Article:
Are you interested in getting the inside scoop on how clinical research takes place and how to contribute to knowledge in the field? In this RA Q&A, Aafreen Siddiqui shares her experience working in a clinical psychology lab.
By Madeline Renner
Aafreen Siddiqui was curious to learn more about clinical psychology research and wanted an up-close view of how research and knowledge creation takes place in the field. This led her to work as a research assistant with the Perfectionism and Psychopathology Lab, led by Dr. Paul Hewitt. The Perfectionism and Psychopathology Lab explores personality vulnerabilities as they relate to psychological difficulties and other outcomes, with a particular emphasis on perfectionism.
Aafreen is an incoming fourth year undergraduate student at UBC, pursuing a double major in psychology and philosophy. In her role as a research assistant, she transcribes interviews, and runs participant sessions for data collection. Aafreen guides participants through these sessions, answers questions, addresses any concerns, and debriefs participants afterwards. When she’s not in the classroom or the lab, she can be found reading books, or watching television series — Gilmore Girls is a current favourite.
What motivated you to apply to work as an RA in this lab?
I have been interested in clinical psychology, especially disorders, since I took my first psychology class in the 11th grade. The main reason I applied to work as an RA in this lab was that I wanted to experience how a clinical lab functions in a lab setting.
I have worked as an RA in other labs before, but when I came across this lab, I was really intrigued by the focus on perfectionism, because that was a field I hadn’t explored before. When I looked at their ongoing projects and publications, I realised that perfectionism was something I would want to learn more about in detail, as well as contribute to their ongoing research projects.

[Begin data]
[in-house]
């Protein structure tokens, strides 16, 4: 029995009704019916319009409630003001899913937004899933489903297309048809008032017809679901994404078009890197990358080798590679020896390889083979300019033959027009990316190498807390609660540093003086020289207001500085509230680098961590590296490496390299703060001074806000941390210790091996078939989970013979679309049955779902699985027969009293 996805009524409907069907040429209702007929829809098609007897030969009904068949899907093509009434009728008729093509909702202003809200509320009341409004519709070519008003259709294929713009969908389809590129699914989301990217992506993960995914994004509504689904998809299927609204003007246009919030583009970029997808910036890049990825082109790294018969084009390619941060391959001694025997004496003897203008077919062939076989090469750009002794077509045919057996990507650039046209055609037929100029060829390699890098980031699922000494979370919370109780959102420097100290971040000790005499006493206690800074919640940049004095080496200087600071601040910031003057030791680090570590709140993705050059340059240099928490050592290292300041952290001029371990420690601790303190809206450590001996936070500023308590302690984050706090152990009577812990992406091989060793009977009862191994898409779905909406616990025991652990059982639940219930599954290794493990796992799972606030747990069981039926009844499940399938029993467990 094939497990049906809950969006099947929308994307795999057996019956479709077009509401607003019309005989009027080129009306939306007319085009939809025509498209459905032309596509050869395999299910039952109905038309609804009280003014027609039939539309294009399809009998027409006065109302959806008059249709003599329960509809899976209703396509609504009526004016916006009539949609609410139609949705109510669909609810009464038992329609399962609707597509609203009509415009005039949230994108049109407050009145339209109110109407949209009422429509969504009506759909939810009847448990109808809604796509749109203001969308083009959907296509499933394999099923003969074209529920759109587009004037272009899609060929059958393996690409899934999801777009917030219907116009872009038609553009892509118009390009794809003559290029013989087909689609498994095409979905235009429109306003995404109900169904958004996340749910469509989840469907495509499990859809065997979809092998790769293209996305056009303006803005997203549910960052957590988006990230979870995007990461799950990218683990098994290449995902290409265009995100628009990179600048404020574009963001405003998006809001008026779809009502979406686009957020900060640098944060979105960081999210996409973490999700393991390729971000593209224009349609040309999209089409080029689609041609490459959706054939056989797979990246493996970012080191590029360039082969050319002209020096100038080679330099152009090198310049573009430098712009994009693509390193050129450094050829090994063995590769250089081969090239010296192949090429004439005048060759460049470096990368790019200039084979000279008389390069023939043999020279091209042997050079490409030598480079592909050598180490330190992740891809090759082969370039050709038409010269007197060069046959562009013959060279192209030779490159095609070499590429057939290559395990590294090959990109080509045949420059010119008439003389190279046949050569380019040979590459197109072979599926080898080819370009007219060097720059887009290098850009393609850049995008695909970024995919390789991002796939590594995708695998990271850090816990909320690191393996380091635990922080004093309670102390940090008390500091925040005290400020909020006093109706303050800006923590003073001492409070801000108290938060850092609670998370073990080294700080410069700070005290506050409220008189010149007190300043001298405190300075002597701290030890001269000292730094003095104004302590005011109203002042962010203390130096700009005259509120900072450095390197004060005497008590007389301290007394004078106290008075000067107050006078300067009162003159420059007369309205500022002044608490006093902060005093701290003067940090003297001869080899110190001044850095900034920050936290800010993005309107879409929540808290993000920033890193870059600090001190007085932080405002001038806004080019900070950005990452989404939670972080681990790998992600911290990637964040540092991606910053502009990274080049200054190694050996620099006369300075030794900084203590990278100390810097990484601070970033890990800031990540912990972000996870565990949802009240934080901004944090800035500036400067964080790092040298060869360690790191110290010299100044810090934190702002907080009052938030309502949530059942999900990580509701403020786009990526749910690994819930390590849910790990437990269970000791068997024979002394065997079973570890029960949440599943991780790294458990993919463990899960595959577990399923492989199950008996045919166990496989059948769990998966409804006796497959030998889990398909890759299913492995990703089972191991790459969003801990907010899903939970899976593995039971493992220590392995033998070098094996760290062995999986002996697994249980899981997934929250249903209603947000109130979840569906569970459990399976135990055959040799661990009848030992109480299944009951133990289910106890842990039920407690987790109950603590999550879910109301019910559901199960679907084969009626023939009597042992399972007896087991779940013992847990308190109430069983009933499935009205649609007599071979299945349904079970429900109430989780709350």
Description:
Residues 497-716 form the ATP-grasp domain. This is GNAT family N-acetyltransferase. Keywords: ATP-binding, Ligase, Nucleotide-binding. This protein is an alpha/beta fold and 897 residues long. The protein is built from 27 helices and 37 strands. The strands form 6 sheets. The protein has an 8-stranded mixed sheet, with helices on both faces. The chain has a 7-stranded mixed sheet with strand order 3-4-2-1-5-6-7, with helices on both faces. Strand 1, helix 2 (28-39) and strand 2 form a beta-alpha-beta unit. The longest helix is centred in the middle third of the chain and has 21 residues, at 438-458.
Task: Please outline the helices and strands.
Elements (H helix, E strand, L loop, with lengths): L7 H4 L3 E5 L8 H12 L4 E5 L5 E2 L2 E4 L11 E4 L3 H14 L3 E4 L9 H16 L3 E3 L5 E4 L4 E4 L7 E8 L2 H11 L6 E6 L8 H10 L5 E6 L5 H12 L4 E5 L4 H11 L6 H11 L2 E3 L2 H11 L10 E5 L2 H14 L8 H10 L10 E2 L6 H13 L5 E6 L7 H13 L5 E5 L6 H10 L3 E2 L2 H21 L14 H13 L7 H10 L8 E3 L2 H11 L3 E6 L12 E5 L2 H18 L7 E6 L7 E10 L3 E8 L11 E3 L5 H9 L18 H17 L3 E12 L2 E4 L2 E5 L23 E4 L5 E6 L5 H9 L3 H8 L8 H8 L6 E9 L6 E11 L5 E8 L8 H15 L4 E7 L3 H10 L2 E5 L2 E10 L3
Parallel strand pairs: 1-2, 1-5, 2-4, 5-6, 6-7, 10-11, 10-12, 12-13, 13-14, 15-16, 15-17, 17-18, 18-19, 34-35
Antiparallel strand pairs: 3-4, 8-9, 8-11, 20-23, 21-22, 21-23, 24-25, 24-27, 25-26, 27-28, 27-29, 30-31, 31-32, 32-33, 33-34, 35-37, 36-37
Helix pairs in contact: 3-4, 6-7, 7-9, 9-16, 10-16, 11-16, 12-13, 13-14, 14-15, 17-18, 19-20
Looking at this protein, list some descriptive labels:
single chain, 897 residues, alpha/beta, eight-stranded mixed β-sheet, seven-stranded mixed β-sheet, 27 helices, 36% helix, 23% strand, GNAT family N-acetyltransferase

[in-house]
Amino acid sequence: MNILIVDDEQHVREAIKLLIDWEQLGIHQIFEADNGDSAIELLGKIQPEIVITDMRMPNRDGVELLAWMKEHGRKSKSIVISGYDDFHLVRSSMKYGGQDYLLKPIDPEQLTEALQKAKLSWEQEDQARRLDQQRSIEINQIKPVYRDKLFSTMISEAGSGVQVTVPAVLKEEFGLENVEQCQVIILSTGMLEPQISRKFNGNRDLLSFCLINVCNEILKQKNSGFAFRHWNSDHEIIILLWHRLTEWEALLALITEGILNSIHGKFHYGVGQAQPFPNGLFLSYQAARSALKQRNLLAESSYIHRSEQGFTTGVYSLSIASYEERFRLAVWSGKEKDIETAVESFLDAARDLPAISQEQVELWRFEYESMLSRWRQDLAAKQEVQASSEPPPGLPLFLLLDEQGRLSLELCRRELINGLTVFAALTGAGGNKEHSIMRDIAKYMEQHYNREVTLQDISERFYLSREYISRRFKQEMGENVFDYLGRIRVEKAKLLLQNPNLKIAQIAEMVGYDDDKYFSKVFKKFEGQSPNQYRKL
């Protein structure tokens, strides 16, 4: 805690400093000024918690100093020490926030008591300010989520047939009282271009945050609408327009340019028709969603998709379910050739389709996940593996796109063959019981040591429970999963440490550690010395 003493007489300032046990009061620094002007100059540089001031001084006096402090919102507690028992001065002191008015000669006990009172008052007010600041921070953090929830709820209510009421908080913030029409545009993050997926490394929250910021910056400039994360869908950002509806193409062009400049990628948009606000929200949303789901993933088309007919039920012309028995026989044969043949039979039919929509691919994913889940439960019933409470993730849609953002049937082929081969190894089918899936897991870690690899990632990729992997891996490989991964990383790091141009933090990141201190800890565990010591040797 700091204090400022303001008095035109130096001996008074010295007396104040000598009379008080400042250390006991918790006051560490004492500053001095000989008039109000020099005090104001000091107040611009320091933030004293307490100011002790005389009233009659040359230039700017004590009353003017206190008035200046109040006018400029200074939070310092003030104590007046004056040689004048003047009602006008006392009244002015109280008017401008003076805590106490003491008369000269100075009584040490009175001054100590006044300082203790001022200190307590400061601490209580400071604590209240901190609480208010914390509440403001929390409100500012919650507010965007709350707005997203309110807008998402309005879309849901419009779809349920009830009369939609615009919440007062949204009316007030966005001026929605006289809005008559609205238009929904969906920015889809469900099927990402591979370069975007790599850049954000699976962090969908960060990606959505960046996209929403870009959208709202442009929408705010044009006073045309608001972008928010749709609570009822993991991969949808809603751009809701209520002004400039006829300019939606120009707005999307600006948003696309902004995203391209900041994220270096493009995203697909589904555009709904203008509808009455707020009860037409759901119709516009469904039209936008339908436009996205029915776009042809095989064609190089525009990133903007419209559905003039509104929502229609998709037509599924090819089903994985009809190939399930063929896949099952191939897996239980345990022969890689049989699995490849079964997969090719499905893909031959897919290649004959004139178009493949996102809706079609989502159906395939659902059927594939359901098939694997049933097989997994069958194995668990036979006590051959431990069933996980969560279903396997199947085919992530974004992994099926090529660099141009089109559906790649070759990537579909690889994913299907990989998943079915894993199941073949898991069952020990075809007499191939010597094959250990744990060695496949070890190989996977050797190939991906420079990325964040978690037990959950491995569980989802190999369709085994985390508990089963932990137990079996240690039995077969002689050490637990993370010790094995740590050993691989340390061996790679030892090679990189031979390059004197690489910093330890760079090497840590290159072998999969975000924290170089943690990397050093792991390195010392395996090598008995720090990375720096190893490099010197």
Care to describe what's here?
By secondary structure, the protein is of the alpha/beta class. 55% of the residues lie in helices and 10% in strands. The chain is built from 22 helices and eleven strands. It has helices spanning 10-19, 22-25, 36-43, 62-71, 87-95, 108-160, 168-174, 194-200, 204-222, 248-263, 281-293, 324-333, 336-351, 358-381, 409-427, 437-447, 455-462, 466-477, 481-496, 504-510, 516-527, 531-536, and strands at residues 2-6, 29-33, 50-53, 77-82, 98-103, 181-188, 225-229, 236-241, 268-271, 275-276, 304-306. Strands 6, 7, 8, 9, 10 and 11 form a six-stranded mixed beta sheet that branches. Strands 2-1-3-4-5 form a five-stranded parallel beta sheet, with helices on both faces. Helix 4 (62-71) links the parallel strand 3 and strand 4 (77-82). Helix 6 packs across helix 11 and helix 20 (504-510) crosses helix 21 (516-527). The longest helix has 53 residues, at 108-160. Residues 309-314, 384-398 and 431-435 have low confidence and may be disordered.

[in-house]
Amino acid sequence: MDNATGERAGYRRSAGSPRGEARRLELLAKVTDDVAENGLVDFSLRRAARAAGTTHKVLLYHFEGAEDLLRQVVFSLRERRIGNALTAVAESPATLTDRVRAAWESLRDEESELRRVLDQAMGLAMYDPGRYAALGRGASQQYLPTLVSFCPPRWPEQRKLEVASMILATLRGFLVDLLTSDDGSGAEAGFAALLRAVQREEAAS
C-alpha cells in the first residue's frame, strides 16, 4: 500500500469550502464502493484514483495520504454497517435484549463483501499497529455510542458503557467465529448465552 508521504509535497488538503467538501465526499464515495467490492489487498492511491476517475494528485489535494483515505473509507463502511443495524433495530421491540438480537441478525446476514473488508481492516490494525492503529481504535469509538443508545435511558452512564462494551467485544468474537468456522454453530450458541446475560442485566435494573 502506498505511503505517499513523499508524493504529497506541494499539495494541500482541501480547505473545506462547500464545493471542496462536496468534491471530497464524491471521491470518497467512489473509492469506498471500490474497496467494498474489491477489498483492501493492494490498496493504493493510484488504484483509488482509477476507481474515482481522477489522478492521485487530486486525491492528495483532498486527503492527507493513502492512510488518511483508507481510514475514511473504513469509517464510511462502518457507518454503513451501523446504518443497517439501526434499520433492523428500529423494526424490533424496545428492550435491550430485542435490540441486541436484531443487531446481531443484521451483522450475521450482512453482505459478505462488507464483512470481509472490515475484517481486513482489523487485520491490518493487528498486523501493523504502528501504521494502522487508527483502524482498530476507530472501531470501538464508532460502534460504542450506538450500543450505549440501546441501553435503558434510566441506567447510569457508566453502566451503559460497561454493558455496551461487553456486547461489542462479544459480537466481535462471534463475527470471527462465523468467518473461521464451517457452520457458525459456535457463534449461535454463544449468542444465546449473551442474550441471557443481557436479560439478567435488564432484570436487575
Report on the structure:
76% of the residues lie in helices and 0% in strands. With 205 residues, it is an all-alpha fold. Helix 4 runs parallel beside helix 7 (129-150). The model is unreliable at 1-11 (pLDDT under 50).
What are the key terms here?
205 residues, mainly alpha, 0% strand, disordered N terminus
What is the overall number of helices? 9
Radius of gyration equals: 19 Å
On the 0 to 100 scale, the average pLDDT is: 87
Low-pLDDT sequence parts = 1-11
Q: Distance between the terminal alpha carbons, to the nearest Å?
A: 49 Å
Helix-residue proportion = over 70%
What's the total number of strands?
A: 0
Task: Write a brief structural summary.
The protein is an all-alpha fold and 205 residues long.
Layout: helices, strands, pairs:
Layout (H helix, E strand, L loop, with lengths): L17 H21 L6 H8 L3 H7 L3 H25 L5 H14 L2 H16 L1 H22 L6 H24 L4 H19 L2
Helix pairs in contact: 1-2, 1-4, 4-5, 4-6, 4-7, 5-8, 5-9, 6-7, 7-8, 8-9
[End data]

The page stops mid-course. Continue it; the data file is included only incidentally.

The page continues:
I was also motivated to join the Perfectionism and Psychopathology lab because it would give me a better idea of research in the clinical field, which is what I aim to pursue and specialise in after completing my undergrad.
What intrigues you about this lab’s research?
As I mentioned, because I hadn’t explored the topic of perfectionism before. Learning about the fact that when perfectionism is on the extreme end of the spectrum, it disrupts the quality of life of individuals with this personality trait, changed my outlook on the topic, because of the common belief that perfectionism is something that motivates people to do a task as well as they can.
However, I soon learnt that it is a lifestyle where individuals feel like they need to set unachievable goals for themselves which leads to a lack of satisfaction and stress.
It really intrigues me that the research done in this lab is actually being used to help attempt to alter the maladaptive thoughts and help induce a feeling of satisfaction.
Do you have advice for other students who want to get involved in research?
The most important advice I have for students attempting to get involved in research is to be patient. I still remember the day I emailed almost every lab at UBC to inquire about whether they had a position available, and most of them replied by saying that they weren’t looking to hire new RAs.
After months of waiting patiently, I finally heard back from a lab who wanted to interview me, and things have been uphill since. So if you aren’t hearing back instantly or don’t have a position at a lab yet, don’t give up — patience and persistence is key! It does get really overwhelming but I swear it’ll all work out.
I would also recommend selecting courses carefully because some labs ask about the courses you have taken which make you a suitable candidate, for example, if you’re applying to a social lab, taking PSYC 308 (Social Psychology) will help your application.
What is your favourite part of working as an RA?
I think my favourite part of working as an RA in a clinical lab is that I get to see up-close how clinical research takes place, and that I get to be a small part of it. I also really like working with the other RAs. Along with that, I really enjoy transcribing participant interviews and altogether contributing to the clinical research field.
How do you see this field of research changing in the next few months or years? How do you see student involvement changing?
I think that the main thing that will change is the incorrect assumption of what perfectionism is and how it impacts individuals and their lifestyle. I think that once people will be more aware of the impact perfectionism has, the more importance it will be given and there will be more research conducted on it. The more research that is conducted, the better ways we will be able to come up with to help individuals with a high score of the perfectionism trait.